On a more positive note, the New Year has brought a great deal of business with it. It has been encouraging to find email waiting for me almost every day. It looks like my work is getting out there and generating its own interest. That said, I do not know where most of my website views come from (you are a mystery to me). I can only think that the largely false “If you build it, they will come,” has become true in “build enough, long enough, and somebody will show up.”

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I have also spent some time reskinning JuJu Berry (the matching game I made for a local frozen yogurt shop) into an improved version with my own IP. I am thrilled with it and will be charging full steam toward Apple’s red tape nightmare again as soon as Precarious Potions is out the door. The current version is available for license now.

I am finding myself growing a passion for this style of match three game. I know that’s weird. It also rings a bit anti-indie. However, I think I have stumbled on something really incredible. I know match three has been done to death, but it is always done to death the same way. In the end, it’s about bottle-necking the player with number of pieces. But what if it was fundamentally different? What I am asking now is, “what if the bottleneck is removed?” What if the limiting factor becomes player memory and organizational prowess? I cannot describe how excited I am to play with these ideas. It’s just waiting to be done.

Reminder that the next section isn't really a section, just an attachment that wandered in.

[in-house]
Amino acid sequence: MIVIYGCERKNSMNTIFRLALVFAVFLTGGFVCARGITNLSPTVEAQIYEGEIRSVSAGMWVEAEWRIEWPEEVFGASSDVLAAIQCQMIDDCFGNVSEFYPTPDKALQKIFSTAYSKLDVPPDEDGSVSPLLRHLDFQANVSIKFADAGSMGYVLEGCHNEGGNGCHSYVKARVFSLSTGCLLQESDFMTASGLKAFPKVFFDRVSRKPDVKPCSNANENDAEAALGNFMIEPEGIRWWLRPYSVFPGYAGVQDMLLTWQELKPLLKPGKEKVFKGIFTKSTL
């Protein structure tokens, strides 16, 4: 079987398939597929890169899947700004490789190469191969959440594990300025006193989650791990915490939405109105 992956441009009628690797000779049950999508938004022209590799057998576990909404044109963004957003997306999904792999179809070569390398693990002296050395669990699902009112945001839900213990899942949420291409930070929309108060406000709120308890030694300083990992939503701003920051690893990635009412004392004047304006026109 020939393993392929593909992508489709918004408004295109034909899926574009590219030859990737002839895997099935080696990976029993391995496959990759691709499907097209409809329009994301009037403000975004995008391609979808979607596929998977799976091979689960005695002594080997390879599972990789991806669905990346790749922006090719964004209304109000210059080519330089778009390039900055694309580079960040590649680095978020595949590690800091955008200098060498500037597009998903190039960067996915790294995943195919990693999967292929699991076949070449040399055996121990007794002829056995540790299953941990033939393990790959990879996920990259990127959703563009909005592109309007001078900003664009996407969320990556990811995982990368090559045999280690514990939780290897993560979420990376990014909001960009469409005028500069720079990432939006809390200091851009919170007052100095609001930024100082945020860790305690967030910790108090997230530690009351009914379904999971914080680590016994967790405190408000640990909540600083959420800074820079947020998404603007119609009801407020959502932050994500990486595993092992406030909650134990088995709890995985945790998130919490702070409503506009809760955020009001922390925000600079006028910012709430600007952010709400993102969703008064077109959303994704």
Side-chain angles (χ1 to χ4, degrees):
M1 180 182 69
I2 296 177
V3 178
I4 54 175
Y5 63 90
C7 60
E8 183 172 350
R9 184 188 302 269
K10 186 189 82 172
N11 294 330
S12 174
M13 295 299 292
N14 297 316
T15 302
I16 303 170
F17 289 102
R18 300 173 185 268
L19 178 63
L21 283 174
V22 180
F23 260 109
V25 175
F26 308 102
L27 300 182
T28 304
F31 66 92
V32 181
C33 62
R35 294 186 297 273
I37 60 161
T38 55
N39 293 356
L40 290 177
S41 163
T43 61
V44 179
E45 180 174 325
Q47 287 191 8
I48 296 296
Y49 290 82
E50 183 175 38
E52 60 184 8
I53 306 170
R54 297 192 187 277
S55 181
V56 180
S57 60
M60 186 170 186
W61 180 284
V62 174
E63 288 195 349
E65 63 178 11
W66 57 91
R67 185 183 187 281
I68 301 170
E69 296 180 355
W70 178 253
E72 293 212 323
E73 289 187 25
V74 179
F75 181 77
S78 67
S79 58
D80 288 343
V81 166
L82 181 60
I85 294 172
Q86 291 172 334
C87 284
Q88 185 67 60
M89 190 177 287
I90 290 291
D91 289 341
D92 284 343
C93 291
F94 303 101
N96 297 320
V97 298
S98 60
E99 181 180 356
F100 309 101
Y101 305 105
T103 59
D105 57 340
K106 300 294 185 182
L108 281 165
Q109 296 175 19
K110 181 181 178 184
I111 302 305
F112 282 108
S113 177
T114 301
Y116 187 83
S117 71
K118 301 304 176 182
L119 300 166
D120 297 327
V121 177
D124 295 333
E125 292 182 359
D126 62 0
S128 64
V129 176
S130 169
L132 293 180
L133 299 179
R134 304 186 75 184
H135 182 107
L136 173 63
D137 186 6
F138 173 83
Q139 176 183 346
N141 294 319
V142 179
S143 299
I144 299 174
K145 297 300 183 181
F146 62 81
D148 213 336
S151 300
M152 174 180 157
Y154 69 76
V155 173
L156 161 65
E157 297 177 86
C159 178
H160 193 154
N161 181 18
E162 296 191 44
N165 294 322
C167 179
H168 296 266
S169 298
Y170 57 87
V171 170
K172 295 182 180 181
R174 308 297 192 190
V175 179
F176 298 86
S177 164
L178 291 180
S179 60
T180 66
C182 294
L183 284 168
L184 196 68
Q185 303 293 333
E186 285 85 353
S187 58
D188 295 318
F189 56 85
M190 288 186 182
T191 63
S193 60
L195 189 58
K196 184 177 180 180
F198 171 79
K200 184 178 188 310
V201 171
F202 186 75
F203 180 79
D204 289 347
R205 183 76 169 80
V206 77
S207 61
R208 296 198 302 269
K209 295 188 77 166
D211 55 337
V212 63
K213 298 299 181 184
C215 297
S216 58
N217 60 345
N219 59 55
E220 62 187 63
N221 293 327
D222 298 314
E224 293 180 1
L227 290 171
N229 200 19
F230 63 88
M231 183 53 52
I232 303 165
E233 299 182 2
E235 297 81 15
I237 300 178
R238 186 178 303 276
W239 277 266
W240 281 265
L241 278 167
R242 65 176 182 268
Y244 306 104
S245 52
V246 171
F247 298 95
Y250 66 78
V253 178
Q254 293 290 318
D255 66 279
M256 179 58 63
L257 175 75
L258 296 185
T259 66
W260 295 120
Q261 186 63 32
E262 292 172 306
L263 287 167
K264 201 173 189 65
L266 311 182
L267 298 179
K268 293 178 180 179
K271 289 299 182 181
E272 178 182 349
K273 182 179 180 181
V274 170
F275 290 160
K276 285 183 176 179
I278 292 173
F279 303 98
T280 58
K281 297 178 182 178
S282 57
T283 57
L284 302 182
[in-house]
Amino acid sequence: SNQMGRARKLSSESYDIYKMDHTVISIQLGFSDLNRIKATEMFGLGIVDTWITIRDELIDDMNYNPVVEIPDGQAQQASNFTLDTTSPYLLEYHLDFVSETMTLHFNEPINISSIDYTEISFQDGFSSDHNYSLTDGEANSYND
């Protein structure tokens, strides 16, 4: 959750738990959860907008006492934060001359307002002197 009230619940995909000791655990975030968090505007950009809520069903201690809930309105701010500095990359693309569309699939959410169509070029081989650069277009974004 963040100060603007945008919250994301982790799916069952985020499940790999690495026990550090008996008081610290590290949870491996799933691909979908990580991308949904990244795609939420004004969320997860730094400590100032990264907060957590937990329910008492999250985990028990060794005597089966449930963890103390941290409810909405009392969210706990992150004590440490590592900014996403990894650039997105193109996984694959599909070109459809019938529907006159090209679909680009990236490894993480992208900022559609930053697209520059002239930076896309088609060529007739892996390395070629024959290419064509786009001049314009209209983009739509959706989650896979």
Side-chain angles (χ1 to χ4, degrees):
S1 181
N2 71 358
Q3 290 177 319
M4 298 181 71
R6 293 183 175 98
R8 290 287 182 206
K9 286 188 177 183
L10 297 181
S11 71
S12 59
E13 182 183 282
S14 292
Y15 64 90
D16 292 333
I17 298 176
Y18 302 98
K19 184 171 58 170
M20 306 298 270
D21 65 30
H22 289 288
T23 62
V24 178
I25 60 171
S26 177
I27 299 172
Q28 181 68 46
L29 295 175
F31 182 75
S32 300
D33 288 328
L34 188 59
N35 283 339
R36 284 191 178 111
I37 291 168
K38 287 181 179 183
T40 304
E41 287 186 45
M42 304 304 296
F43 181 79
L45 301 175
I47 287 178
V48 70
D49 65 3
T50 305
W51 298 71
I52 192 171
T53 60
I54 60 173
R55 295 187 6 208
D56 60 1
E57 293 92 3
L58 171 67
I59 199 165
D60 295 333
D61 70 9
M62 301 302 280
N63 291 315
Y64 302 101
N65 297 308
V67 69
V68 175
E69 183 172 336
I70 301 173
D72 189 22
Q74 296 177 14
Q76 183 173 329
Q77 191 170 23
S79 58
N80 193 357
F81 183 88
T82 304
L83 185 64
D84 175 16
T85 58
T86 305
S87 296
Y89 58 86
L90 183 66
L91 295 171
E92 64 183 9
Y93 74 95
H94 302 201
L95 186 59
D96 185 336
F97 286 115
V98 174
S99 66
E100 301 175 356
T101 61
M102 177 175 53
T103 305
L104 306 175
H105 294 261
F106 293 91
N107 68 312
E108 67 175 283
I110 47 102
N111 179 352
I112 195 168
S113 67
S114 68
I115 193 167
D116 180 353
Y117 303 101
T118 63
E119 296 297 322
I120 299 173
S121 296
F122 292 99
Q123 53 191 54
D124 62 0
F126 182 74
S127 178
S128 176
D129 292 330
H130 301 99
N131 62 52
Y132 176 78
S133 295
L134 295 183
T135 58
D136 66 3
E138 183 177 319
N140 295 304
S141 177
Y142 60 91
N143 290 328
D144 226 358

Things are really looking up! I can’t wait to report on Precarious Potions. Fingers crossed for late February!

-Ryan